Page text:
The use case is simple: boot a kernel from tftp, mount a root filesystem through NFS. From the minimal kernel built before, you need those symbols:

INET
TCP/IP networking
NFS_FS
Network FS client support (v3)
IP_PNP
Automatic IP configuration
IP_PNP_DHCP
DHCP for IP auto config
ROOT_NFS
Root FS through NFS
NETDEVICES
Network device support
USB_USBNET
USB Networking
USB_NET_SMSC95XX
SMSC LAN95XX Ethernet adapter driver

You could drop MMC, since you only need a single FAT32 partition containing the bootloader and firmware:

  • start.elf
  • bootcode.bin
  • fixup.dat
  • config.txt
  • u-boot.bin
  • boot.scr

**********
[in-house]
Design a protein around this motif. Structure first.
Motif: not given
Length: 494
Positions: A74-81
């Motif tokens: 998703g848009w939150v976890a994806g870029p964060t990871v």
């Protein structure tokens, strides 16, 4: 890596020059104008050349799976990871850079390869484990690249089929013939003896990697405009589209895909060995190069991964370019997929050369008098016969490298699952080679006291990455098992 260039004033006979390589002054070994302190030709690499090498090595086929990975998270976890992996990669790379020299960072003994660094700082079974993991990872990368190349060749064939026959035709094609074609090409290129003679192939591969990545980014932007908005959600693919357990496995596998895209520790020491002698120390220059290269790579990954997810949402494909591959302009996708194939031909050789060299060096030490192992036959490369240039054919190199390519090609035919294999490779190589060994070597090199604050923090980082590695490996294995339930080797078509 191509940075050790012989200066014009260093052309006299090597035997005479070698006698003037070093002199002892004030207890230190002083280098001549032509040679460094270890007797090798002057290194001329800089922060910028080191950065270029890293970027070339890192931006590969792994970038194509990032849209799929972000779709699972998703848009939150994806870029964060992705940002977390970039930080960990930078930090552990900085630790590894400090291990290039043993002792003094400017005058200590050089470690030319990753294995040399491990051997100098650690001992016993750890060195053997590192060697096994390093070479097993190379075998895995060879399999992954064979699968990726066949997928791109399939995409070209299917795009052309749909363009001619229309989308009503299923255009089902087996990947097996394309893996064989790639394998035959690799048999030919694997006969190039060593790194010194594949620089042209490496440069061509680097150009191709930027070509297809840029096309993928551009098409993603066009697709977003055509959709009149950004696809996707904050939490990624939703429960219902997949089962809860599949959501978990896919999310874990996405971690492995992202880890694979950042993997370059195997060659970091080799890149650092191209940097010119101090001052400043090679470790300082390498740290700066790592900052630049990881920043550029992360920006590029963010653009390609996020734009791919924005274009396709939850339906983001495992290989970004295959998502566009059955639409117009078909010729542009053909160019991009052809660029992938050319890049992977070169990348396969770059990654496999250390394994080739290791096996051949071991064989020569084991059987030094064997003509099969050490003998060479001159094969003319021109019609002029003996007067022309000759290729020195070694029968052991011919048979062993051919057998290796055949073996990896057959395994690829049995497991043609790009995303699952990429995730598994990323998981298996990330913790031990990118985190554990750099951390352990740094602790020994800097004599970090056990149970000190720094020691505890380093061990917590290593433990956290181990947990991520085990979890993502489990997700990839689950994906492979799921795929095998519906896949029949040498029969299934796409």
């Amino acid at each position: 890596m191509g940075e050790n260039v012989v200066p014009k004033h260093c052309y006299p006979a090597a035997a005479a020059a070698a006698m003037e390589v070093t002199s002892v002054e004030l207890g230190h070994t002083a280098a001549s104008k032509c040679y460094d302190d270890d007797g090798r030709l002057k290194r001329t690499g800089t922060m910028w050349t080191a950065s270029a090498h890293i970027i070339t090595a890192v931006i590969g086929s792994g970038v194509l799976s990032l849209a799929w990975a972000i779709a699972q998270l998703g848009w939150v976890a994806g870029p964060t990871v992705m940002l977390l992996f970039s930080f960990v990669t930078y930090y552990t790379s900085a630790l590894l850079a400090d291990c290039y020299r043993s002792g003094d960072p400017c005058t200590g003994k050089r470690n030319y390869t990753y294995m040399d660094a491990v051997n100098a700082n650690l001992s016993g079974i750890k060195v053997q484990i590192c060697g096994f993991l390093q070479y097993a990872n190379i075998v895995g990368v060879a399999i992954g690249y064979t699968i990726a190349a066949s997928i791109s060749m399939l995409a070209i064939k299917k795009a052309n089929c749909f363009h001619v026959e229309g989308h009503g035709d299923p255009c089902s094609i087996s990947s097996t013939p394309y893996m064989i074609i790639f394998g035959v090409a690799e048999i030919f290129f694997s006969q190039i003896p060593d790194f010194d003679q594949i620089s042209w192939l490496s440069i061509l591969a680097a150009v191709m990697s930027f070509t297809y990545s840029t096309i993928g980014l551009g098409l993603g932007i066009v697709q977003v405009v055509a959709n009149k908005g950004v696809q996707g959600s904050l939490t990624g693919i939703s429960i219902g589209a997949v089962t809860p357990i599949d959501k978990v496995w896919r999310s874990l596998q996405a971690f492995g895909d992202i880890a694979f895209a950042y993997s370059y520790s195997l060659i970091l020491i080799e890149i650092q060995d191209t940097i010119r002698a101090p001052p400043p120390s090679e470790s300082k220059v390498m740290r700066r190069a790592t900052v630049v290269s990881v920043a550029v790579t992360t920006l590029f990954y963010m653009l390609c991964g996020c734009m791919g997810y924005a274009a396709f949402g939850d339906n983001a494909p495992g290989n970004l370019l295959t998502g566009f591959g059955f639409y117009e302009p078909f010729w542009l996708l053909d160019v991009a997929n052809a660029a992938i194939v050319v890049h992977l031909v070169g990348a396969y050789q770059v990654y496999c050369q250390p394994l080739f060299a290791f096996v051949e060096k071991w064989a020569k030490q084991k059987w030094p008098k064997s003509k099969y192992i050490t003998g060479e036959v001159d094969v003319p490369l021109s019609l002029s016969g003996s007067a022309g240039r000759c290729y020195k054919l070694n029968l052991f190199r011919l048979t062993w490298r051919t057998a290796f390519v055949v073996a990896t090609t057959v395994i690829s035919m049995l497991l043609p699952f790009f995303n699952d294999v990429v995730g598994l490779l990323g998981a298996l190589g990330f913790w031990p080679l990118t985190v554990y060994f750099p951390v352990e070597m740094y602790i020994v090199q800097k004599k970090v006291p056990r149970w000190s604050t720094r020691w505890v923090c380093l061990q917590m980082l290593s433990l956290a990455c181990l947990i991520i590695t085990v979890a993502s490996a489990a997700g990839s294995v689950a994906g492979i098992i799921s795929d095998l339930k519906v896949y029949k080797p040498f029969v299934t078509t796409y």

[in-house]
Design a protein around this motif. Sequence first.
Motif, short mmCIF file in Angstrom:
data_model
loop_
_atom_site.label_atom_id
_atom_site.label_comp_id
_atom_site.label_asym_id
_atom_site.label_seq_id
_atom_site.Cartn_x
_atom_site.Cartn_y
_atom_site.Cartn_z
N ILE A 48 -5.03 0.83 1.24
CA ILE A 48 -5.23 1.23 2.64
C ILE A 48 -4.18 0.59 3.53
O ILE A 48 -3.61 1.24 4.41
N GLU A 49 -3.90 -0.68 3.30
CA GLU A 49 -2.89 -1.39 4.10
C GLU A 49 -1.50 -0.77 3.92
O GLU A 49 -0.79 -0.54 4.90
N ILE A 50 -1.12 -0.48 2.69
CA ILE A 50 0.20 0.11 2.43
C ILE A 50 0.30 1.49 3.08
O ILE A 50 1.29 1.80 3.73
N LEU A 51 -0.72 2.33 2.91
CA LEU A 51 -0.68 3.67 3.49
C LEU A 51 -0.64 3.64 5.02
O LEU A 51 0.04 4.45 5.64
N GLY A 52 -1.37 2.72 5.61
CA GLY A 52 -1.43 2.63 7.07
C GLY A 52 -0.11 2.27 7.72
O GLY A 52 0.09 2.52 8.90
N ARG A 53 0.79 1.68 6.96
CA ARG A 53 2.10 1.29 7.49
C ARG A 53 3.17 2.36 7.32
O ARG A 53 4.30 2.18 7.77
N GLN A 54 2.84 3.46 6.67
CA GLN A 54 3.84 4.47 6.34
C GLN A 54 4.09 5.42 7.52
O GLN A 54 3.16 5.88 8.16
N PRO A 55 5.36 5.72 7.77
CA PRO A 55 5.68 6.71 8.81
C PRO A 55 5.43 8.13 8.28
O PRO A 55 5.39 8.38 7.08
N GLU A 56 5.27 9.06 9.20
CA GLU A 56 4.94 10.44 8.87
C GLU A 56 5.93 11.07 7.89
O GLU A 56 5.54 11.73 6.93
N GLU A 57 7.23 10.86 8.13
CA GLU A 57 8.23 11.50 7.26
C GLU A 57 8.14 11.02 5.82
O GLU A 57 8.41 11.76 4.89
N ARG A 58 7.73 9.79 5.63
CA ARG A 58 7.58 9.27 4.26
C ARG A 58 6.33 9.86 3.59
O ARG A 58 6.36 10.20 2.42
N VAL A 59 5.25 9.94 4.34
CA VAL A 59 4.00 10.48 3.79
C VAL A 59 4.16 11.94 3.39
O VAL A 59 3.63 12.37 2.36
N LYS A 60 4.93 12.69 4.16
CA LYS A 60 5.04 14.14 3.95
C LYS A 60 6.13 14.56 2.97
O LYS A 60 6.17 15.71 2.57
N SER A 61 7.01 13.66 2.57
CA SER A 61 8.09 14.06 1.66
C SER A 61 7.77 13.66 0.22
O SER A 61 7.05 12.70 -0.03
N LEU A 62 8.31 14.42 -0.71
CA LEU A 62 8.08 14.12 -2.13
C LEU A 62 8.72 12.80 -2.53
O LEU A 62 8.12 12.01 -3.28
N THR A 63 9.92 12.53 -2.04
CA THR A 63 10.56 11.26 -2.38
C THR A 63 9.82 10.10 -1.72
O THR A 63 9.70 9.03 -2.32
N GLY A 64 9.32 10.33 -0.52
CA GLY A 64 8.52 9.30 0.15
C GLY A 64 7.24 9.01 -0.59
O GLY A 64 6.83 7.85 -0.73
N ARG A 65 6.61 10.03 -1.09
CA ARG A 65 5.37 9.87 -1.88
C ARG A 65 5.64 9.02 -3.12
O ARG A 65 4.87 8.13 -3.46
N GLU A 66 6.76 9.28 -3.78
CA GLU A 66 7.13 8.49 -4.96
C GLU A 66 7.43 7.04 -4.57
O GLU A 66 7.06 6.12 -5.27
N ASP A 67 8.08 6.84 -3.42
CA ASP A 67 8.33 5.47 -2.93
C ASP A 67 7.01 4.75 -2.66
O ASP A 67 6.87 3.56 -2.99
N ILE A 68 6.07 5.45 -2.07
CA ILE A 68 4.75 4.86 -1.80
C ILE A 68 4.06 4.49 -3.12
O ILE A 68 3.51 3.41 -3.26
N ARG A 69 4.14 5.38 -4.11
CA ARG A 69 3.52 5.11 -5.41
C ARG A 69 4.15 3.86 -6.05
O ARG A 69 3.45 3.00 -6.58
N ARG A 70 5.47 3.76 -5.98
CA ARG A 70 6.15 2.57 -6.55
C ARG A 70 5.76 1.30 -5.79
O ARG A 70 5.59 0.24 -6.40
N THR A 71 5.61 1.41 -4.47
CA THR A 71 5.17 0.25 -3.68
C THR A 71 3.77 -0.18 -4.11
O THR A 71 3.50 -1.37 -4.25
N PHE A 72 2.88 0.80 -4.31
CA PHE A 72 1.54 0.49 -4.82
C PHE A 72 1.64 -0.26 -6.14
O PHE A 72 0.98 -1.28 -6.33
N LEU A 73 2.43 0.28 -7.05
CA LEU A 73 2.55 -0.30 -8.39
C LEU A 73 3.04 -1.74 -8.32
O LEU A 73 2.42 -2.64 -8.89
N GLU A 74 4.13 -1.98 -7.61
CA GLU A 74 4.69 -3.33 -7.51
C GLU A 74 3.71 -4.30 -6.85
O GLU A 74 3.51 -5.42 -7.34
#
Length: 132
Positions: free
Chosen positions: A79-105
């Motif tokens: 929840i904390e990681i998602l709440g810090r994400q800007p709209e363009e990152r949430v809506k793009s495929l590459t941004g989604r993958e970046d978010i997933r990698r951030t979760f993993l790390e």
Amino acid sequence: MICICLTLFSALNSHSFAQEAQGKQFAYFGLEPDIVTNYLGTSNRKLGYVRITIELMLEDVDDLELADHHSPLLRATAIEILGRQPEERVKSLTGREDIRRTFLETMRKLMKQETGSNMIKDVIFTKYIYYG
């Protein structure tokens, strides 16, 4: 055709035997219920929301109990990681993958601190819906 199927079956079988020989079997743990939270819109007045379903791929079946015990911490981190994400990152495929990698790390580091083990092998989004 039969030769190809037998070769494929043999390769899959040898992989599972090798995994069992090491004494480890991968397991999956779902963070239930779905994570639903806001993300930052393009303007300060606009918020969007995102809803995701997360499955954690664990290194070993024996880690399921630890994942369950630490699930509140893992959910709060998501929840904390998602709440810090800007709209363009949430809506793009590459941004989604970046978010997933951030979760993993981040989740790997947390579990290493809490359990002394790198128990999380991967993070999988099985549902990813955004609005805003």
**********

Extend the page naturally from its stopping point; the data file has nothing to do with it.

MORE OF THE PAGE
The first three are the same firmware files from before and config.txt will have the following content:

arm_64bit=1
kernel=u-boot.bin

After building u-boot.bin, go ahead and create a boot.cmd script file like so:

setenv serverip 192.168.1.100
setenv ipaddr 192.168.1.101
setenv bootargs root=/dev/nfs rw nfsroot=192.168.1.100:/exports/aarch64,nfsvers=3 ip=dhcp
tftpboot ${fdt_addr_r} dtb
tftpboot ${kernel_addr_r} kernel
booti ${kernel_addr_r} - ${fdt_addr_r}

Build it with:

$GIT_DIR/u-boot/tools/mkimage -A arm64 -O linux -T script -C none -d boot.cmd boot.scr

This script assumes that your host 192.168.1.100 serves both tftp and nfs-kernel-server. You need something like this in your /etc/exports file:

/exports/aarch64 *(rw,sync,no_root_squash,no_subtree_check)

It also expects both dtb and kernel files to be present in the tftp share root. Instead of pin-pointing to version names, you can use symbolic links, e.g.:

cd /srv/tftp
ln -s vmlinuz-6.6.0-rc1+ kernel
ln -s broadcom/bcm2837-rpi-3-b.dtb dtb

The links can’t point to outside the share root, though.

Profit.

 


References